Since you will be paddling for hours and hours, most touring kayaks put a lot of emphasis on comfort. For enhanced comfort, here are some of the things you need to be on the lookout for when buying a kayak.
- Cockpit size: When it comes to this, you might want to take the dimensions of the cockpit into great consideration in relation to your own body size. Here you might need to think about the distance between your own feet and that of the front part of the bulkhead wall. You need something you can move your feet freely and not feeling like you are cramped in a corner.
- Seat: This one thing you will remain seated on for hours and for that, you need to make sure it is very comfortable. An adjustable seat comes highly recommended. You need something that allows you to move forward or backward as you look for that comfortable position. Additionally, it must be well padded. You can’t even start to imagine what you can net from that.
- Backrest: This is another useful feature in a touring kayak. A decent backrest will ensure you get proper posture. Plus, it will help relieve lumbar pressure, making you feel more comfortable.
- Footrest: This is another great feature you need in your touring kayak. A well-designed footrest often helps stabilize the paddler to give you a sort of resistance for your lower body.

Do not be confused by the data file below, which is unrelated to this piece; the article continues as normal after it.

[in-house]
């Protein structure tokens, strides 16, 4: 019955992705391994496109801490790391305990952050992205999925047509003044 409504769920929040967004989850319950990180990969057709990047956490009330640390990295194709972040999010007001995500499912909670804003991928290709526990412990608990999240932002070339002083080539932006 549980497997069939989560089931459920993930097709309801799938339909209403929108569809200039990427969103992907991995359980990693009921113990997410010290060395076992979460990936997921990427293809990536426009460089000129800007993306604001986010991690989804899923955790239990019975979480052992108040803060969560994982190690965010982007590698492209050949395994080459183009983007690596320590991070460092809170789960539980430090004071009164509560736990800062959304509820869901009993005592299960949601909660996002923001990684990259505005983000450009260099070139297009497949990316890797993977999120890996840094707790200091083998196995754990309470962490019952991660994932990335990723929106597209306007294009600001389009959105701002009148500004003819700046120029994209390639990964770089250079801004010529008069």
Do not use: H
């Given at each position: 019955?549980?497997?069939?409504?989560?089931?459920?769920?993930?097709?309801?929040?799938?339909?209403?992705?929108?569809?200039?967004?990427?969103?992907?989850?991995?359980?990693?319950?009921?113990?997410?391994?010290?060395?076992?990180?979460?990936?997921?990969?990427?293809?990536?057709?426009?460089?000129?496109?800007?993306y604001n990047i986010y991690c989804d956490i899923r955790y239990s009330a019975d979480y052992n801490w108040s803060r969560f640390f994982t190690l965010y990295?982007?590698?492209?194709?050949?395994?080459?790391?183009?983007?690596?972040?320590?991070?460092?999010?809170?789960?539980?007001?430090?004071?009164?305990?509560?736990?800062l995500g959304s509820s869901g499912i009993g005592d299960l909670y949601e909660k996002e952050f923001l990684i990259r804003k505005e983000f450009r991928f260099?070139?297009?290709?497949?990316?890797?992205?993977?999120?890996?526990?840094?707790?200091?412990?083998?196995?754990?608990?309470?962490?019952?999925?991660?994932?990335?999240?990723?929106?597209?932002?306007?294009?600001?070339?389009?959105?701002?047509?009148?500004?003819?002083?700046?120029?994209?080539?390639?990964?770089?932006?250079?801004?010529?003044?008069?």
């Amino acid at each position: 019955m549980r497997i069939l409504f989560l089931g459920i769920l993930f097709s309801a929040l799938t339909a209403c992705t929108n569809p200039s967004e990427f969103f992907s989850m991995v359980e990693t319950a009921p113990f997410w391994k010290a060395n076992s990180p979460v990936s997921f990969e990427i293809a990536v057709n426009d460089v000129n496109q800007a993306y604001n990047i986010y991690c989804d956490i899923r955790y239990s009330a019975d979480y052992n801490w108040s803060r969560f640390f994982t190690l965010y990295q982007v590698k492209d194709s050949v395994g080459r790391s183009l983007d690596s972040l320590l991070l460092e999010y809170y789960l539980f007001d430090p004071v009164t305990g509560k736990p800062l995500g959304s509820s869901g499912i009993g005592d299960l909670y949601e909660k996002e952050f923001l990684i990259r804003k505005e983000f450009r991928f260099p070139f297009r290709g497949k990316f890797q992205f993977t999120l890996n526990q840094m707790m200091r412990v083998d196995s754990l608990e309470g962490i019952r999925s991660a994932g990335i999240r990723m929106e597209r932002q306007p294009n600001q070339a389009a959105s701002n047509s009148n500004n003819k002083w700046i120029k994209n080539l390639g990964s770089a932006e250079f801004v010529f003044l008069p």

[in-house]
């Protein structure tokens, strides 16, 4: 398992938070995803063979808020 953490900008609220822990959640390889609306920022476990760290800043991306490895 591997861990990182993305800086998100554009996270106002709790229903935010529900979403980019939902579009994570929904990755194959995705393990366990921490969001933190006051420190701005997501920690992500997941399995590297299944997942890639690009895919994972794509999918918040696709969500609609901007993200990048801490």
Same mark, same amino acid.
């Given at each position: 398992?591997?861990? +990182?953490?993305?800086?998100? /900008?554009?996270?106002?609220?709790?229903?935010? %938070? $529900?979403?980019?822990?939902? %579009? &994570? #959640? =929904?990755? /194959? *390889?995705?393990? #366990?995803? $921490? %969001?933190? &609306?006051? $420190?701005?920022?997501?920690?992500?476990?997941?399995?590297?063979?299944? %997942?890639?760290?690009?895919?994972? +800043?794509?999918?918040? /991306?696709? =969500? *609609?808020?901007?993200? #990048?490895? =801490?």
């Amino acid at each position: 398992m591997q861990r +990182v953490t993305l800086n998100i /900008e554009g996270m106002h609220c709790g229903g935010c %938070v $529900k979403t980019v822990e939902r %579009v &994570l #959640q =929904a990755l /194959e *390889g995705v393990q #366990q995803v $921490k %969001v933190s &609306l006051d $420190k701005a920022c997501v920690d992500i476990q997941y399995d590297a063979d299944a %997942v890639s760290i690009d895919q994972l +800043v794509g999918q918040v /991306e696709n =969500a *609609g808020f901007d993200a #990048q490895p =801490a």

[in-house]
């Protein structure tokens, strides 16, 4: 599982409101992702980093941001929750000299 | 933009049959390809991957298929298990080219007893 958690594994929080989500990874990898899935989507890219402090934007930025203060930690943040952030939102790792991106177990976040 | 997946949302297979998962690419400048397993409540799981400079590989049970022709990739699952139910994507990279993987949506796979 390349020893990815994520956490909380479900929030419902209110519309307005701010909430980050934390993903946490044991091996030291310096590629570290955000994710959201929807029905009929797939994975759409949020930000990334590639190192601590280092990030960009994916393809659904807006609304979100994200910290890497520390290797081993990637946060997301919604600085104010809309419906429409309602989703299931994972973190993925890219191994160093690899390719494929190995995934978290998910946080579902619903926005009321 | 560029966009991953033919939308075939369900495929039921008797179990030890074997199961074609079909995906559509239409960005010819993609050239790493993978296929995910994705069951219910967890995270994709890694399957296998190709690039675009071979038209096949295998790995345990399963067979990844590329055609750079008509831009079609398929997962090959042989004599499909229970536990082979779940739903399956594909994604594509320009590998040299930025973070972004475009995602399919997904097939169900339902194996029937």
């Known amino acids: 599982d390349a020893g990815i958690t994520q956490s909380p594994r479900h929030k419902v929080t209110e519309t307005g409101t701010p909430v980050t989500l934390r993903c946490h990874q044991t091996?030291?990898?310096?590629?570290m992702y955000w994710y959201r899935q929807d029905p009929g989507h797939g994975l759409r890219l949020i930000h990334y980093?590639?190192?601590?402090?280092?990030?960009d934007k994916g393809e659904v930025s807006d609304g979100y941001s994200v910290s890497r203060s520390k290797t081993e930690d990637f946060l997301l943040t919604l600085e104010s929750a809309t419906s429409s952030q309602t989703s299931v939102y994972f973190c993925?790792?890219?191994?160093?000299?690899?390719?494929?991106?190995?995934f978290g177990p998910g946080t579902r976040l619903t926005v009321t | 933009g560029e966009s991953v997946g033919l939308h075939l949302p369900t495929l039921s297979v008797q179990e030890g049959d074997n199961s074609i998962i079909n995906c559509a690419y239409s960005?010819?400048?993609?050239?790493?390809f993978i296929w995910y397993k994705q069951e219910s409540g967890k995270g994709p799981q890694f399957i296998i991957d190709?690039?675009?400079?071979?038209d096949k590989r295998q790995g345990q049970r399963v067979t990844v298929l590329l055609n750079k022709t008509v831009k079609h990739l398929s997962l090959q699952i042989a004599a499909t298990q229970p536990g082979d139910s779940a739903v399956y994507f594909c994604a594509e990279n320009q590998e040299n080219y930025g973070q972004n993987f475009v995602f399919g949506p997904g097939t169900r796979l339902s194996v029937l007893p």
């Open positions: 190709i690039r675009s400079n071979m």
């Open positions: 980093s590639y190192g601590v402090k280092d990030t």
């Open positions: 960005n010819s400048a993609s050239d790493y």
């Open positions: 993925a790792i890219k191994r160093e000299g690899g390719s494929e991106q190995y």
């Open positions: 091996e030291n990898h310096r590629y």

When we talk about touring kayaks, the first thing that comes into our minds is larger storage capacity. Most of these boats come with sizeable bows and hulls, giving you internal space to put your gear and other essentials. At times, that onboard space is not enough to store everything you have and you might want to consider other storage options the boat comes with. For this very reason, here are other storage options you might want to ensure your touring kayak comes equipped with.
- Hatches: Some kayak comes with hatches while others don’t. So if you need more storage space, ensure the boat you buy comes with these onboard doors. This will actually give you great access to an incredibly watertight storage space normally located on the bow and hull. However, while this could actually give you more storage space, make sure it is watertight as that will not only serve as added buoyancy but also prevent water from getting into the boat.
- Bulkheads: They are located in the bow and stern of your boat. They are buoyancy chambers and can also provide extra storage space.
So as you can see; when it comes to finding the right touring kayak, there is no going around it. You need to figure out what your needs are and work onwards. After all, once you know what you need, you will get a boat that will meet your needs.
Updated on July 1, 2021 by Ben